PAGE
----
Lately, it’s been hard to write. As much as I love my characters and my stories, as much as I have time available in my day, getting the words on paper is like turning on a faucet and only getting dribbles. I’m in a creative drought.
Creative droughts are periods where it feels like the words dry up. For someone who lives inside their head, it is a scary place to be. A vast wasteland where once so much potential stood.
Writers can find themselves in a drought for many reasons. It could be caused by life changes or health issues that diverted their creative flow or dried up their time and ability to focus. More commonly, writers find themselves in creative droughts, because they’ve worked too hard and failed to maintain the infrastructure that allows their creativity to flow.
Like in a natural drought, there are two factors writers must worry about. The first is access to fresh water. In writing, we would call this creativity. If we don’t fill our tanks with inspiration every so often, we can run out of reserves. When we have deadlines and expectant readers and are writing fast and furious, this can happen quite suddenly. We overextend ourselves and quickly deplete our resources.
The second factor is crop loss. In writing we can equate this to the development of our works-in-progress, blogs, etc. One way to overcome crop loss is to rotate works-in-progress that require less or different types of creativity. Having two genres you write in, writing flash fiction or short stories, adding journaling or blogging to your routine can allow you to draw from a different cistern. Having another type of writing to fall back on means we don’t lose our habit of writing during a drought.
And that’s the most important part—to keep writing. Even if it is one great line or one mediocre paragraph, we can’t creatively live more than a few days without the necessary work. But as essential as it is to write, it’s also necessary to refill our creative tanks.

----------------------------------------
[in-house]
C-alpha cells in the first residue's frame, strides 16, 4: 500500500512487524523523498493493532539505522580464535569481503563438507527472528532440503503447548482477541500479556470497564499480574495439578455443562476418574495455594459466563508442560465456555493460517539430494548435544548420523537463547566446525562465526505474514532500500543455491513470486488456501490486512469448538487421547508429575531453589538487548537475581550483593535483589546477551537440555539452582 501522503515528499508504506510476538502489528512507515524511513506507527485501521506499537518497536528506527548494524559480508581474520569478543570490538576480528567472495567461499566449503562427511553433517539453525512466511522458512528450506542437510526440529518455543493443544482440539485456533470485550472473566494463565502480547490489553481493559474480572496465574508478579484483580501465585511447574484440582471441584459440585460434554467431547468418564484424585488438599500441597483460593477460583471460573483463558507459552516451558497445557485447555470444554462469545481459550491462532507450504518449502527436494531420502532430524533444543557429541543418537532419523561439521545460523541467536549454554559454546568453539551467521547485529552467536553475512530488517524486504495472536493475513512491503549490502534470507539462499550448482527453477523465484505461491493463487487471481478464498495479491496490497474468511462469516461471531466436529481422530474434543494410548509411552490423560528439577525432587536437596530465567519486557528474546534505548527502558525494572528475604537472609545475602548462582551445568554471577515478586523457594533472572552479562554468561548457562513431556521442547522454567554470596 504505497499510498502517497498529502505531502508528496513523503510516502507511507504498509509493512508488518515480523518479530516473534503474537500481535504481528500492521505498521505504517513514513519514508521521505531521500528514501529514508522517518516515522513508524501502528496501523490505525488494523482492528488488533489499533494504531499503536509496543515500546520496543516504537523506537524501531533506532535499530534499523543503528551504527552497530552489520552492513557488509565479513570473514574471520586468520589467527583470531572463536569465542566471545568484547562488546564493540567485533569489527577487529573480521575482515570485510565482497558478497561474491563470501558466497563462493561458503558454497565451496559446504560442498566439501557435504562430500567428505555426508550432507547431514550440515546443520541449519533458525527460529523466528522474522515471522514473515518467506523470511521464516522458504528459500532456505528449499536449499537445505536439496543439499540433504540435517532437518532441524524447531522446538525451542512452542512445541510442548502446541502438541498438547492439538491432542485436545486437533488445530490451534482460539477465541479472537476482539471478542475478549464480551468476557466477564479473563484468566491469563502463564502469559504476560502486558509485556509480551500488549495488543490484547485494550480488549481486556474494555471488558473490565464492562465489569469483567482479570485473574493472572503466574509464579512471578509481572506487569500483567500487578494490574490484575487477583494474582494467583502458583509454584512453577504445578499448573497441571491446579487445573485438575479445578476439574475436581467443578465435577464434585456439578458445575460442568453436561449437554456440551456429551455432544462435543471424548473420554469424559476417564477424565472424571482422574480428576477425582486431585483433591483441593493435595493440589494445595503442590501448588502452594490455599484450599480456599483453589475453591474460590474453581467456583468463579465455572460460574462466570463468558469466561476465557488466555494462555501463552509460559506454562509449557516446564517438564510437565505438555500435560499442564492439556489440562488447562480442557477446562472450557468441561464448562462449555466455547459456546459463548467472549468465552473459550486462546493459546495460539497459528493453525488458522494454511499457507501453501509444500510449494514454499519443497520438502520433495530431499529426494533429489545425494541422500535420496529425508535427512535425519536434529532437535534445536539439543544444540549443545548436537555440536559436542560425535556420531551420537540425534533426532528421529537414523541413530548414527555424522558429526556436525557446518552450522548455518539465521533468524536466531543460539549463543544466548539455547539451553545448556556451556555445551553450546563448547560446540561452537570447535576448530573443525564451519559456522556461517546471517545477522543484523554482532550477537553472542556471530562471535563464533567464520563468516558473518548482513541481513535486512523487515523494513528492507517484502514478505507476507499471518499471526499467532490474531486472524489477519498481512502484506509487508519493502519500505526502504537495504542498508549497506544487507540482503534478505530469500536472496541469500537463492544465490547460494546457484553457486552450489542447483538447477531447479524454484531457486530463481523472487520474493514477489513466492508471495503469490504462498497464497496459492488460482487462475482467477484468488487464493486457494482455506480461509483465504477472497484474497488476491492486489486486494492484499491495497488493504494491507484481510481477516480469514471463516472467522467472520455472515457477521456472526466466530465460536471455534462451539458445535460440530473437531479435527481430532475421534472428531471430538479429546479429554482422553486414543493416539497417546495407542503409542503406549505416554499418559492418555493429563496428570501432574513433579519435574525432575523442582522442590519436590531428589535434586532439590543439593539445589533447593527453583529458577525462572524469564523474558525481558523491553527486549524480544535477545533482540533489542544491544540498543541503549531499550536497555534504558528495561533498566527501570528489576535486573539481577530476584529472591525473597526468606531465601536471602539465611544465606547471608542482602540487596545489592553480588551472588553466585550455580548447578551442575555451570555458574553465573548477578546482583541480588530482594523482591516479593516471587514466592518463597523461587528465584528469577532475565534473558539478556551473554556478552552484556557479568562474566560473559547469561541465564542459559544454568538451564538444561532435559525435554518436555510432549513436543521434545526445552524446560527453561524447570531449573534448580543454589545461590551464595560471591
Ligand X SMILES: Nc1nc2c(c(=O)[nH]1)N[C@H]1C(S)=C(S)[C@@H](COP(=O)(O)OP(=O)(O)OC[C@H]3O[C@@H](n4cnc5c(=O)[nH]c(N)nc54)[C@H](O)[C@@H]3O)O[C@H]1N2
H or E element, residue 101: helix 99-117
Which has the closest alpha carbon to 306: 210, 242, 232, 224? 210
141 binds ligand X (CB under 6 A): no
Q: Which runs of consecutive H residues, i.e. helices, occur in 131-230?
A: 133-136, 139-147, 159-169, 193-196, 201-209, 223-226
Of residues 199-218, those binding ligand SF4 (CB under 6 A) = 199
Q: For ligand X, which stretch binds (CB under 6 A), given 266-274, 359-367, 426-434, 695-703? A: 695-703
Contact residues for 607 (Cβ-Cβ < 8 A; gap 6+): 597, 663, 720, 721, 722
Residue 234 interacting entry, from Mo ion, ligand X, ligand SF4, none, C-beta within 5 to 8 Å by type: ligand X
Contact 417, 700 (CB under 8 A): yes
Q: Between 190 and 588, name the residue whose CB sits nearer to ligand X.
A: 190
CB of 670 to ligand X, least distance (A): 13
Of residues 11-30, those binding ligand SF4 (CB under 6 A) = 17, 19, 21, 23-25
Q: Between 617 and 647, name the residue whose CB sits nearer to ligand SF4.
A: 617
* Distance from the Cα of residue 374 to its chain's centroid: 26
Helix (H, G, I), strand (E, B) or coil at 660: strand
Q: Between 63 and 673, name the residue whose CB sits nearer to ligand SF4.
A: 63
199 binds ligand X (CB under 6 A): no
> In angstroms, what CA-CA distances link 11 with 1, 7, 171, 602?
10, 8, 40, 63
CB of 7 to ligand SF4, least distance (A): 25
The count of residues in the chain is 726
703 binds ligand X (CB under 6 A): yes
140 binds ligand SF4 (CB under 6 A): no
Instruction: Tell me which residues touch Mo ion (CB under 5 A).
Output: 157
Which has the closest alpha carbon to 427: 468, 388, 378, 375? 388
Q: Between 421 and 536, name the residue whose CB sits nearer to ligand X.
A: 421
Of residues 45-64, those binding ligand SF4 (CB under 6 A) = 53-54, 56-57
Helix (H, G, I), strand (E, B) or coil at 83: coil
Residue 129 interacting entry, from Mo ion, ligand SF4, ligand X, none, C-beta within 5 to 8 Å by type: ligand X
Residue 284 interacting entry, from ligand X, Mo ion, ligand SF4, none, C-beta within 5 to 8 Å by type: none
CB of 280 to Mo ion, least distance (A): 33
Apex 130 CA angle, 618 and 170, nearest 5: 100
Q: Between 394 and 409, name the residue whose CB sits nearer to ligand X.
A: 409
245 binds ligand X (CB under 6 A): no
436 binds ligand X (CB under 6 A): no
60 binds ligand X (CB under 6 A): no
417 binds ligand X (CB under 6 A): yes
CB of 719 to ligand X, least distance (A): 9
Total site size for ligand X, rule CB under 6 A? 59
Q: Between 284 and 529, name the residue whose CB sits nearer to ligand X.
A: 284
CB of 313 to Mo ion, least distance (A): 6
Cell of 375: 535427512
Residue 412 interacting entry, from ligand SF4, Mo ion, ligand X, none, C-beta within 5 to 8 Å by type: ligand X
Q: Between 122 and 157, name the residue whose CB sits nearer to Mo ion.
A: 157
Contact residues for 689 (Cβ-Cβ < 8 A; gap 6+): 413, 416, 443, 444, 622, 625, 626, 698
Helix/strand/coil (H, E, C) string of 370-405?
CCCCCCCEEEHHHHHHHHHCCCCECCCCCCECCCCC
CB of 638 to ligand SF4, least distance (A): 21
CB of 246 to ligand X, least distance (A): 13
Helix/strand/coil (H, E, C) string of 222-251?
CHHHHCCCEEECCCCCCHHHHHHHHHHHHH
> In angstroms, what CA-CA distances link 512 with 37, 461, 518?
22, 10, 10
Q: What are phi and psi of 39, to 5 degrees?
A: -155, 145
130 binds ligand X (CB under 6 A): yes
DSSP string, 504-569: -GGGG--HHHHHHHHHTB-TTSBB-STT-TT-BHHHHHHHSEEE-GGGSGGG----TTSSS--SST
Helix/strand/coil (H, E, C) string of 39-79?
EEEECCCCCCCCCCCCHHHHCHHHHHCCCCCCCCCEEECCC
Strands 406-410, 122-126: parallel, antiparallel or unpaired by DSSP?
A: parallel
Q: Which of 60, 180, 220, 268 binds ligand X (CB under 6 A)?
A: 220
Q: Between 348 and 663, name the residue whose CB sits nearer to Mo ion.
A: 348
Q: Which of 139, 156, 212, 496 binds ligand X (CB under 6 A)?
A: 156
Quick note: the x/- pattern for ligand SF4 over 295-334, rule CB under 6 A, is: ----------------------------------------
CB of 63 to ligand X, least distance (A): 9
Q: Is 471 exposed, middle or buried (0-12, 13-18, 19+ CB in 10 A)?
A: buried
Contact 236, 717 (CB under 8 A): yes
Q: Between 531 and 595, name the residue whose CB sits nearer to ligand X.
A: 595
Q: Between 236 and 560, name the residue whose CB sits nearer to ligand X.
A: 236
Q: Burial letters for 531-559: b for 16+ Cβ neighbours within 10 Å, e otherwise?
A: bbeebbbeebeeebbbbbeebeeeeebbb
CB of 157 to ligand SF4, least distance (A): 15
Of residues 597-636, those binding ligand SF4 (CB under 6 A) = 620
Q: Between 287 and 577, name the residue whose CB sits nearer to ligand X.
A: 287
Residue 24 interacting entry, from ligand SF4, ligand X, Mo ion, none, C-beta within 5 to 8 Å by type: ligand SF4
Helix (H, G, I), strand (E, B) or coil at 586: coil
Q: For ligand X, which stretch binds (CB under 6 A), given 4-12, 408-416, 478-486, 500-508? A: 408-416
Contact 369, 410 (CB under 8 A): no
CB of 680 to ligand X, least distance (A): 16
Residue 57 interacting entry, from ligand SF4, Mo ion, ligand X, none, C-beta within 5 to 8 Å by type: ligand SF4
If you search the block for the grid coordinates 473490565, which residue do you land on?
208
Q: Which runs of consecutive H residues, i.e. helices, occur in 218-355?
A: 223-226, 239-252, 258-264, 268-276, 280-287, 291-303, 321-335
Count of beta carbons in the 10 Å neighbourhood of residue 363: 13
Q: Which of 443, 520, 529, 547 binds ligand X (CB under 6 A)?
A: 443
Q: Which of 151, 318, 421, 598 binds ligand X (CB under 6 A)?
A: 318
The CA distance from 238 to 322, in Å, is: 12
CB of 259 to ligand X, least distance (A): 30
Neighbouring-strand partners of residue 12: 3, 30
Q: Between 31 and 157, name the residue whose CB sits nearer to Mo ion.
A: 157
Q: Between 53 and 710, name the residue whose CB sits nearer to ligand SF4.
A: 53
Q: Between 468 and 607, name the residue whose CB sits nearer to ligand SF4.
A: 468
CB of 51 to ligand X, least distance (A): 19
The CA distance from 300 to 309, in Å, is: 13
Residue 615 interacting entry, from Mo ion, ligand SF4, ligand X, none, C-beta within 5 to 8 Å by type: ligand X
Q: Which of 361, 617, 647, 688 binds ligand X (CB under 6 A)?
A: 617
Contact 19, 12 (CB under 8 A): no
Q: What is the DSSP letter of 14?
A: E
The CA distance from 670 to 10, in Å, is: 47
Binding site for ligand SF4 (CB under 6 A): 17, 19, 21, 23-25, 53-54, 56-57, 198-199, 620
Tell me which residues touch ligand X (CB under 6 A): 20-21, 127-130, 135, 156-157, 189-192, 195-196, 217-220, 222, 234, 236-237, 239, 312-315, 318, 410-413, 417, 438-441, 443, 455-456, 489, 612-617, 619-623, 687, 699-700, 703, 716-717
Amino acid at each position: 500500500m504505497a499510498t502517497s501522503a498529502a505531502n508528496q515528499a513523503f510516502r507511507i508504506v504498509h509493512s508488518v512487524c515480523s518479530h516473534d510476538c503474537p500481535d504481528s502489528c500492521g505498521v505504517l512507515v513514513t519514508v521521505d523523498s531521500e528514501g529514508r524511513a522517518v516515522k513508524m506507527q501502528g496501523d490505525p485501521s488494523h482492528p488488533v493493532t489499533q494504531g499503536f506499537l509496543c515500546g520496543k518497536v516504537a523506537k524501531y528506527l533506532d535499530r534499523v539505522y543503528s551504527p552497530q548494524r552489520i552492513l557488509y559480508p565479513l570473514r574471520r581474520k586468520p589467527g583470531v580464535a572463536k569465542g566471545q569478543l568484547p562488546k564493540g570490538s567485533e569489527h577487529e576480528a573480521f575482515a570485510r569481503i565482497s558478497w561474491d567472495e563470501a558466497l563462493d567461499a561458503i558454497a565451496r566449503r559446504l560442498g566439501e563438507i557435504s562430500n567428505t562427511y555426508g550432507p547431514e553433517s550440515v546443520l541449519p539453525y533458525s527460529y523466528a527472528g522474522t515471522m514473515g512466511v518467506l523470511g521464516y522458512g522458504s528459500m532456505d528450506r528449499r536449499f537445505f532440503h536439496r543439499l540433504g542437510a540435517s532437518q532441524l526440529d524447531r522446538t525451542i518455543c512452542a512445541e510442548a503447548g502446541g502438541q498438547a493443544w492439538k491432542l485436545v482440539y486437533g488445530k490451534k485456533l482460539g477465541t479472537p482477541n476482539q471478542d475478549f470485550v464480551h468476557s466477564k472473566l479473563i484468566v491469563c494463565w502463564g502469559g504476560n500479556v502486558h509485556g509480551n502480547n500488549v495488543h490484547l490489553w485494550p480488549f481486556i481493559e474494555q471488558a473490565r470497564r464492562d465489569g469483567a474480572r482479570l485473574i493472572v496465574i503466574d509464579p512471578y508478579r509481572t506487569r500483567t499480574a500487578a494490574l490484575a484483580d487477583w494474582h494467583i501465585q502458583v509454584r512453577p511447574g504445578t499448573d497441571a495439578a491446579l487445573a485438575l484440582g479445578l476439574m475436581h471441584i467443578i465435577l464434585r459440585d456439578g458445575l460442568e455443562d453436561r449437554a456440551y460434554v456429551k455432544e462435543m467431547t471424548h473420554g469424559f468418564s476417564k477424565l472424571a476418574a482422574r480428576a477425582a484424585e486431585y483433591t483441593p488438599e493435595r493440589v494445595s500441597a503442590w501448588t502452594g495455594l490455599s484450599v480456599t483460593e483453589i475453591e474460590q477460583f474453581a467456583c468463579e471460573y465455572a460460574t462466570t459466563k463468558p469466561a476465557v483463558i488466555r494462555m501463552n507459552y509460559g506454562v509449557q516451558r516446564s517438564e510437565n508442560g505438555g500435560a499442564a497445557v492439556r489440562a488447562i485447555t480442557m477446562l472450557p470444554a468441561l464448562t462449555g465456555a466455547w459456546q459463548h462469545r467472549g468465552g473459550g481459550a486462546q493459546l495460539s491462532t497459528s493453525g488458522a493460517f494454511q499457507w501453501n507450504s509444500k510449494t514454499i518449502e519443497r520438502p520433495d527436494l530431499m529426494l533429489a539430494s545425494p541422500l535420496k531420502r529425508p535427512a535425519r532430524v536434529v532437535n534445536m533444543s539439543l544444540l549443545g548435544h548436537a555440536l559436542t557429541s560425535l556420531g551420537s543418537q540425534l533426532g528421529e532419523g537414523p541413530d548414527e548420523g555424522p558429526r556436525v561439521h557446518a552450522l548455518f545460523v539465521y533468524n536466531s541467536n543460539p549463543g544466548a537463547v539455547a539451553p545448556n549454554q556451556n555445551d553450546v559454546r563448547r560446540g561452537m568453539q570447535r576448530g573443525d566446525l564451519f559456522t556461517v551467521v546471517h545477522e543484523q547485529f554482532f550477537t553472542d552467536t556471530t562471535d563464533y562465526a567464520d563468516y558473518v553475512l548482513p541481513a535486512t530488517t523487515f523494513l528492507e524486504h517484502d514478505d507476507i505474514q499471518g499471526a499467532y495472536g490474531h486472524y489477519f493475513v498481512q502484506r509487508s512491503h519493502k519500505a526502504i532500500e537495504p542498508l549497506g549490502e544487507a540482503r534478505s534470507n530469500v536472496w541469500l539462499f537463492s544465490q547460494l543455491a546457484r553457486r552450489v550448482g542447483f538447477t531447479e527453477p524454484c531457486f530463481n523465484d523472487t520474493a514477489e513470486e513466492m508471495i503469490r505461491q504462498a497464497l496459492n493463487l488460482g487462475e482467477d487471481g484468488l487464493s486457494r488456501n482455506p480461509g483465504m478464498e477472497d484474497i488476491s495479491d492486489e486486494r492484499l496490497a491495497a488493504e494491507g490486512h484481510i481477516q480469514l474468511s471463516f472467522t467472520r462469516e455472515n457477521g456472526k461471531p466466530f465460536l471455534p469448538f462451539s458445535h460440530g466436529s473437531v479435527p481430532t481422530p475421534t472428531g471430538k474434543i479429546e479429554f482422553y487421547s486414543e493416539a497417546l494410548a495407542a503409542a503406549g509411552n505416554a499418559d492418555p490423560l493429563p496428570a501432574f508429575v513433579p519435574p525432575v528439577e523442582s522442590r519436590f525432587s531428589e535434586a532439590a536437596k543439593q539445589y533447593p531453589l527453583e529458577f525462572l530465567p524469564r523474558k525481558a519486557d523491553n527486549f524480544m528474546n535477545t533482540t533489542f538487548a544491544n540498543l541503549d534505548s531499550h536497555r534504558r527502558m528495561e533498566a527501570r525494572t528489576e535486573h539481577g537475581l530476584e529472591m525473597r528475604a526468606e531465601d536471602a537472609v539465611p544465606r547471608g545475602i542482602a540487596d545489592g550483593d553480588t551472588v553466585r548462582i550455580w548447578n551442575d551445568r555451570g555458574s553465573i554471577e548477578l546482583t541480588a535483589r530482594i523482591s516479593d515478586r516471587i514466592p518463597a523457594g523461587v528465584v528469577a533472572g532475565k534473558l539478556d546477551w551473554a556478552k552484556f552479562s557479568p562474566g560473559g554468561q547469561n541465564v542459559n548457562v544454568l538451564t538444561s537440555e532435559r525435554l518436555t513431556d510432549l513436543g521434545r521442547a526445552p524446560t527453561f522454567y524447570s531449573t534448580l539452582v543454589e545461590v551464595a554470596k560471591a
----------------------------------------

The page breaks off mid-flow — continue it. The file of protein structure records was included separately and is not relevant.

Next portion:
REDUCE, REUSE, RECYCLE
A drought is a great time to evaluate your writing life. Are you depleting your resources from being over-extended? I know many writers who have burned out from too many projects on their plate. If this is your issue, then reducing your projects to one primary and one secondary may be the best way to open up time to find new creative wellsprings.
Another issue is sometimes the project at hand has dried up. Maybe you’re struggling to find a strong subplot or an interesting secondary character. Look back through your old writing and reuse a discarded idea or character. See how they would fit into this new story.
In my book, Bound by Brokenness, the old couple at the far end of the foothills came from a picture of an old man and an old woman milking their cow that I had started writing a short story about. Their deep faith and isolation were pieces of the puzzle I’d already solved, but as I dug more into their back story, I realized the fact that their son had gone back to the state they’d traveled so far from to start over mirrored Dr. Mason’s son returning to Nebraska. That parallel was what made that scene essential to the story.
A drought is also a great time to read through old writing and dig into those idea files. Recycle what would otherwise go to waste. If you find yourself in a drought, start with a WIP that you’ve established before. I love to develop characters and figure out their back stories. When I attempted to write my first novella, I pulled two characters created for a completely different story line and plopped them into a different time and place. Because the situation was different, my creative well filled with new possibilities.